U.S. regulators cleared the use of a Covid-19 pill from Merck and partner Ridgeback Biotherapeutics LP, the latest easy-to-use therapy that infected people can take to keep out of the hospital.
The authorization by the U.S. Food and Drug Administration permits doctors to prescribe the drug, called molnupiravir, to adults at high risk of severe disease shortly after they develop mild to moderate symptoms. There shouldn’t be an alternative authorized Covid-19 treatment that would be appropriate for the adults to take, the FDA said.
The thumbs-up comes after the FDA cleared another pill that people could take at home to try to stay out of the hospital, Paxlovid from Pfizer Inc.
Merck’s drug was found to be 30% effective in reducing the risk of hospitalization and death in a key study, while Pfizer said Paxlovid was 89% effective at reducing the risk of hospitalization and death in a key study. Both drugs were tested before the Omicron variant emerged.
The addition of the pills may bolster the fight against Omicron as it hurtles around the U.S. Researchers have said they expect the drugs to work against the new strain, though they are waiting for study results.
With a molnupiravir prescription, adults would take eight pills daily for five days, starting within five days of showing symptoms. The FDA didn’t authorize use among people who are hospitalized or under the age of 18.
The drug is expected to be available in the coming days in pharmacies, doctors’ offices, and other locations. Initial supplies will be limited, though Merck says it is ramping up manufacturing.
Citing the strong results for Pfizer’s drug, Wall Street analysts have scaled back sales estimates for molnupiravir and said they expect demand for the drug to be limited. Analysts expect Merck’s drug won’t sell nearly as much as Pfizer’s.
Until the FDA’s recent moves, there hadn’t been an antiviral like Paxlovid or molnupiravir cleared to reduce the risk of hospitalization in adults with the virus. Another kind of therapy, known as an antibody-drug, has been in use to prevent severe disease.
Yet the antibody treatments are expensive to administer, can be tough to find in rural areas, and are primarily administered at physician clinics or hospitals and given via injections or infusions.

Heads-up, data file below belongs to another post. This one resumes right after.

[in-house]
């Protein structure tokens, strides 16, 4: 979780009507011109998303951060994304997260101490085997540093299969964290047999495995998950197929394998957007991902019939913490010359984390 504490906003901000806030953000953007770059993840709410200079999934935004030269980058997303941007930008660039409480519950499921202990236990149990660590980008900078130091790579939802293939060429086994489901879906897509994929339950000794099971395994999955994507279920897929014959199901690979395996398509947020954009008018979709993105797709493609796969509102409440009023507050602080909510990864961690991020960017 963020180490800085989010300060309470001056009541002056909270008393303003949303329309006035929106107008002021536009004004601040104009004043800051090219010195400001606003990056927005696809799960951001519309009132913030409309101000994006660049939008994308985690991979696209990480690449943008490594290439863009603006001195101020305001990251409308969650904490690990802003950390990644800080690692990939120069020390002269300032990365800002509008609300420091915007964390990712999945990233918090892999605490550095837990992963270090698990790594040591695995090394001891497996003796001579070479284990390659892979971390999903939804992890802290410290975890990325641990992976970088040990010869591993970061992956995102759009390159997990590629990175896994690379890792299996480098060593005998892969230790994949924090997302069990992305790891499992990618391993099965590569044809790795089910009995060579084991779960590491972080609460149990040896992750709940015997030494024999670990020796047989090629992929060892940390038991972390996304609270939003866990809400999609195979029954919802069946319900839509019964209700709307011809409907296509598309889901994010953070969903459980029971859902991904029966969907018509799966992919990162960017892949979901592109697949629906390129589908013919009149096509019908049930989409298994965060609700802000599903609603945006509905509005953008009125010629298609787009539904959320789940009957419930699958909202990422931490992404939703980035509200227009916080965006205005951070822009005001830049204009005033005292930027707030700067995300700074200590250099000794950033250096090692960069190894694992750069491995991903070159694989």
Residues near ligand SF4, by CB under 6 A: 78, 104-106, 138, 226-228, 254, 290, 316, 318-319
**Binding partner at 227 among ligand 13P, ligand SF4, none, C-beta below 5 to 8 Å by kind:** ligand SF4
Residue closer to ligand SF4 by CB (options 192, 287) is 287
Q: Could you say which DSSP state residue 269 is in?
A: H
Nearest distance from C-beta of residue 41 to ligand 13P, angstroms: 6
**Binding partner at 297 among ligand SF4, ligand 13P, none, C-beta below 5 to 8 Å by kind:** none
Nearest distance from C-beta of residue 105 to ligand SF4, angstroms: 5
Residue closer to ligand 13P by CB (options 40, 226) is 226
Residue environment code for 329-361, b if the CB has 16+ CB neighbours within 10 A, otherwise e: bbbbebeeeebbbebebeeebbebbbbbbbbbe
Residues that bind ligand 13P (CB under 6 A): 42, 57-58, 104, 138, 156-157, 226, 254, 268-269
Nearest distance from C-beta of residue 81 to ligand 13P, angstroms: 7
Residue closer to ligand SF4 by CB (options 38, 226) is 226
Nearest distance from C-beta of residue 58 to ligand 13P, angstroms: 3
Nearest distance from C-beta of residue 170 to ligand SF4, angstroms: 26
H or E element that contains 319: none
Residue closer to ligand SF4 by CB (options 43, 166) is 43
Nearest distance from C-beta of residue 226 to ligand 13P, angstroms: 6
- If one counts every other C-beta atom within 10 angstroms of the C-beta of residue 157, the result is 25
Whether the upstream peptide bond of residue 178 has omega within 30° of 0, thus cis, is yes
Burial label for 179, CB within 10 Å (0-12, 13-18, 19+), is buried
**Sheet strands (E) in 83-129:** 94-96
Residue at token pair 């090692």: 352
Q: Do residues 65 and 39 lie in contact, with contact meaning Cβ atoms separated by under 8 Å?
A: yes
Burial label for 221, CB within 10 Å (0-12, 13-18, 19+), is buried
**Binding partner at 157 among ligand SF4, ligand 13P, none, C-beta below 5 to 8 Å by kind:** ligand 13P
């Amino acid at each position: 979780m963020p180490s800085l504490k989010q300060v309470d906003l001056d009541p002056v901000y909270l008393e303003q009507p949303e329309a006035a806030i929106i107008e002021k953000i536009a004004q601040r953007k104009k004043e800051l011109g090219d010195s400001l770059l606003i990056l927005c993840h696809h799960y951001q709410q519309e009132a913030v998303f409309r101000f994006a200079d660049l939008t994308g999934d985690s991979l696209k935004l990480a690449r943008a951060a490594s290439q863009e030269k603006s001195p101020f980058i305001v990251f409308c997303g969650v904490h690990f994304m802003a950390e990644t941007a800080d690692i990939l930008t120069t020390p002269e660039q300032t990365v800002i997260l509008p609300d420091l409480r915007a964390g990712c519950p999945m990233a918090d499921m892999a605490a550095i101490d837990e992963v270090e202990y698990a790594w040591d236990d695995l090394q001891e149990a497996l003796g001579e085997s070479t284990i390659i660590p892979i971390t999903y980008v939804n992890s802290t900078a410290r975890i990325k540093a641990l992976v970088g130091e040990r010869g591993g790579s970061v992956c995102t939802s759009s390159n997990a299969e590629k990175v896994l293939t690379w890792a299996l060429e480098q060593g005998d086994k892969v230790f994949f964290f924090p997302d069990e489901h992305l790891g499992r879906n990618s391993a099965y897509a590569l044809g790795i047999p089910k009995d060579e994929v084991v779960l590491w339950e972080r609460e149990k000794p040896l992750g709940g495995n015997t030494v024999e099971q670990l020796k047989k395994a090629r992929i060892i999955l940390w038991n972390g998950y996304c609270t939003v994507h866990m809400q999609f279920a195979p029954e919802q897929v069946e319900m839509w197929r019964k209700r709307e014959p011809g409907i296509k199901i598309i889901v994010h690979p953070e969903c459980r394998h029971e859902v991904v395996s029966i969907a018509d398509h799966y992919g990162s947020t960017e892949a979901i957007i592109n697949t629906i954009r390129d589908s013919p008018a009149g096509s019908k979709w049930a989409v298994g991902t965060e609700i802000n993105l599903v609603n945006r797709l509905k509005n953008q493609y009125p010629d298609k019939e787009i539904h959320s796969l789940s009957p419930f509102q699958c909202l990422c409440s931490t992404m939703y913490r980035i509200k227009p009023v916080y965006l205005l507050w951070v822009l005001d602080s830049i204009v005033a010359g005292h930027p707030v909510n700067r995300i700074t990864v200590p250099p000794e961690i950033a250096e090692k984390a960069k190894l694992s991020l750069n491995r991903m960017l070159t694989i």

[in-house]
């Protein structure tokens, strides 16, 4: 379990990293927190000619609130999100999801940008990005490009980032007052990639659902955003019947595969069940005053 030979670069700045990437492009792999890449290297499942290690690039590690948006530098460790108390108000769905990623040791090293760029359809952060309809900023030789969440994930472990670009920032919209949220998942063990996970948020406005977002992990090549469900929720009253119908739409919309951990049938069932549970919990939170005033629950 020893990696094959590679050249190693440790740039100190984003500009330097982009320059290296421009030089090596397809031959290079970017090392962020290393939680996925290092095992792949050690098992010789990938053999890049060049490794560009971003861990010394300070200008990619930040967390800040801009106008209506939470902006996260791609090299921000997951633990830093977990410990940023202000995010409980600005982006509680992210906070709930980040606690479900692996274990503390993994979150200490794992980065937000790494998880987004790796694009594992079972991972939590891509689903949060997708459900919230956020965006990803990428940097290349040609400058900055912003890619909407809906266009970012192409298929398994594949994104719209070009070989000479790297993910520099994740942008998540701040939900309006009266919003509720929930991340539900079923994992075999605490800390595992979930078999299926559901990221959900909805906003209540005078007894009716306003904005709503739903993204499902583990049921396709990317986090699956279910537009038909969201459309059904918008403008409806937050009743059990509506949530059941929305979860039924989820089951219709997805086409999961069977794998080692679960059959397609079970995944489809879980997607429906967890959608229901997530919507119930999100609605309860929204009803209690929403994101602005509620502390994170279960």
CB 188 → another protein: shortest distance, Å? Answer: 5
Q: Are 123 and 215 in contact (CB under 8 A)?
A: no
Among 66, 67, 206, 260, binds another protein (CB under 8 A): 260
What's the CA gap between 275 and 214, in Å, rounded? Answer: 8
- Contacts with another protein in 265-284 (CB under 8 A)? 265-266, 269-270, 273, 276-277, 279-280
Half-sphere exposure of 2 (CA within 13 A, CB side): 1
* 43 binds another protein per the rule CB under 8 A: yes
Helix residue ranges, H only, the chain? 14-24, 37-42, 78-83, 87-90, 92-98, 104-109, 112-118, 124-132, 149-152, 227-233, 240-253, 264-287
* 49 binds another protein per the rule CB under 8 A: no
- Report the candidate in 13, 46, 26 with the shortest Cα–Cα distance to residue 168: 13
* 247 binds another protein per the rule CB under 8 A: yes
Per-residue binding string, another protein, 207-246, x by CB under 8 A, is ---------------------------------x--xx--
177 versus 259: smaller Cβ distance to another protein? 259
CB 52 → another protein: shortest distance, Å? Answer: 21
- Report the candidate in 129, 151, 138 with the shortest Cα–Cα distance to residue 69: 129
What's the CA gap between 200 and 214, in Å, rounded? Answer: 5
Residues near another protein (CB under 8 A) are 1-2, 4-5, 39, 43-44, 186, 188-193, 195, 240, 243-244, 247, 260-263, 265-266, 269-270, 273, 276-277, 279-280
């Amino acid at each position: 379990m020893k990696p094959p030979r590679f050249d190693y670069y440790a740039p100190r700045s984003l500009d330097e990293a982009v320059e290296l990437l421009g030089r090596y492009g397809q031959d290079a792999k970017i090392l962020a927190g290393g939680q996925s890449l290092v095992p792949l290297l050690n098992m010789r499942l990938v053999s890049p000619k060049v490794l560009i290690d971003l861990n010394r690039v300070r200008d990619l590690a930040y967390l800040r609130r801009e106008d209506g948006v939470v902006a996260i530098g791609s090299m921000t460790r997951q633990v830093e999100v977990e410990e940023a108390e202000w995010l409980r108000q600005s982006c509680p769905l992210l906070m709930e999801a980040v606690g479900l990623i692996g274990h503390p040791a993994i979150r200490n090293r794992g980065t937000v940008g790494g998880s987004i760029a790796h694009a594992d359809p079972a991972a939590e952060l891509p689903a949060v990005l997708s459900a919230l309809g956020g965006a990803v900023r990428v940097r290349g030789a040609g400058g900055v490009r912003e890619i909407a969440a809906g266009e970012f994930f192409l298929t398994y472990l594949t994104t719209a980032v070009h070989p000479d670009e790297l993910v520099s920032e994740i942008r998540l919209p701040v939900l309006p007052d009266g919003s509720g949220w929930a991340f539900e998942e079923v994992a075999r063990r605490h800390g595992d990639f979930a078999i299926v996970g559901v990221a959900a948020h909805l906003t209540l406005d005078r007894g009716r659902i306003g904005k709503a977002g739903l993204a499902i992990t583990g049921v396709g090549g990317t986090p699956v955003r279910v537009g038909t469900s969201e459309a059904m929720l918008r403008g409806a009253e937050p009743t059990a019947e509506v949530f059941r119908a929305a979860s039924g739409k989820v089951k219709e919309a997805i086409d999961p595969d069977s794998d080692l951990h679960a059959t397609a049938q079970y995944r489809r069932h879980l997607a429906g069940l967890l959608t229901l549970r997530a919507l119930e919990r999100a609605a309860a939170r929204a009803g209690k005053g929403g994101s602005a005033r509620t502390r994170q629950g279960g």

Given the drawbacks, doctors and health authorities have been looking for a pill that people could easily take at home to try to avoid hospitalization.
Also, several of the antibody drugs don’t appear to work well against Omicron, prompting some hospitals to halt their use given the variant’s spread.
Anticipation for molnupiravir grew when the companies reported that a preliminary analysis of study results found the drug 50% effective. Yet the excitement was tempered after a final analysis found the drug efficacy was lower.
Some health experts have also raised safety concerns and whether molnupiravir might cause mutations in cells that are harmful to people. Merck and Ridgeback have said the drug is safe, and testing in humans found it didn’t cause mutations.
The FDA has said its own review of the companies’ data found no major safety concerns in late-stage testing. The FDA also found the treatment presented a low risk of mutation, known as mutagenicity.
Molnupiravir targets a different part of the virus than the spike protein that vaccines and other treatments focus on. The drug targets machinery the virus uses to replicate, rather than the spike protein, the structure that helps the virus infiltrate cells. Pfizer’s Paxlovid doesn’t target the spike protein either and works differently than other Covid-19 vaccines and drugs.
Merck has said it plans to study whether molnupiravir is effective against the variant but it has presented data showing how the drug is effective against other variants and expects similar results with Omicron.
Omicron has several mutations to the spike protein, which researchers say could help the variant evade vaccines and drugs trained on that part of the virus.
Merck, based in Kenilworth, N.J., has agreed to provide the U.S. government with 3.1 million courses of the drug for about $2.2 billion.
The company has said it expects to distribute molnupiravir shortly after the authorization, but the timing depends on how fast it can ready the packaging and prescribing information, which is determined by the FDA.
In November, an outside panel of scientific advisers to the FDA narrowly recommended the agency authorize molnupiravir.
Panel members who voted against the recommendation said they were concerned with how there wasn’t a clear explanation on why molnupiravir’s efficacy changed and that the drug’s benefit to patients may be minimal.
Some also said they were concerned the drug could cause mutations in human cells and that more study of the drug is needed to assess that possibility.
The U.K. cleared molnupiravir for use in November.
To try to make molnupiravir more readily available to people in low- and middle-income countries, Merck has licensed out the drug to the United Nations-backed Medicines Patent Pool and generic drugmakers.
Despite such efforts, some drug-access advocates and public-health experts say that molnupiravir and Pfizer’s antiviral are likely to take longer to reach poorer countries because of manufacturing and pricing obstacles.